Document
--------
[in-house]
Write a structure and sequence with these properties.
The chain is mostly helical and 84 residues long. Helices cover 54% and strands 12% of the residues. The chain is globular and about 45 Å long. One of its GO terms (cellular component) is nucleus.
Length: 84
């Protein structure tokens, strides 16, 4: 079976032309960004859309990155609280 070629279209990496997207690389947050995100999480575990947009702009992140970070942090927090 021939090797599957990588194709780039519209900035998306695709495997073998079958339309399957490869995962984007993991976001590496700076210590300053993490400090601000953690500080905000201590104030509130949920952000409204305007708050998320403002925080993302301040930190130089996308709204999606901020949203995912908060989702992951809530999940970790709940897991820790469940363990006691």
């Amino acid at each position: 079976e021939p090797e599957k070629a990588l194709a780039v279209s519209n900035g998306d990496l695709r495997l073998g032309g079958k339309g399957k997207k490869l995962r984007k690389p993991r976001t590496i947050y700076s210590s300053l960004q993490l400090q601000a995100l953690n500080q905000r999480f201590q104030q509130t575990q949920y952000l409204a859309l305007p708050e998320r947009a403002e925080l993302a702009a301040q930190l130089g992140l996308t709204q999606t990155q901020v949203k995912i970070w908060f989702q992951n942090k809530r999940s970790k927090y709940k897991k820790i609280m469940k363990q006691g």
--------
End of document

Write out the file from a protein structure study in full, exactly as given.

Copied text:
[in-house]
Write a structure and sequence with these properties.
The chain is mostly helical and 84 residues long. Helices cover 54% and strands 12% of the residues. The chain is globular and about 45 Å long. One of its GO terms (cellular component) is nucleus.
Length: 84
């Protein structure tokens, strides 16, 4: 079976032309960004859309990155609280 070629279209990496997207690389947050995100999480575990947009702009992140970070942090927090 021939090797599957990588194709780039519209900035998306695709495997073998079958339309399957490869995962984007993991976001590496700076210590300053993490400090601000953690500080905000201590104030509130949920952000409204305007708050998320403002925080993302301040930190130089996308709204999606901020949203995912908060989702992951809530999940970790709940897991820790469940363990006691």
């Amino acid at each position: 079976e021939p090797e599957k070629a990588l194709a780039v279209s519209n900035g998306d990496l695709r495997l073998g032309g079958k339309g399957k997207k490869l995962r984007k690389p993991r976001t590496i947050y700076s210590s300053l960004q993490l400090q601000a995100l953690n500080q905000r999480f201590q104030q509130t575990q949920y952000l409204a859309l305007p708050e998320r947009a403002e925080l993302a702009a301040q930190l130089g992140l996308t709204q999606t990155q901020v949203k995912i970070w908060f989702q992951n942090k809530r999940s970790k927090y709940k897991k820790i609280m469940k363990q006691g």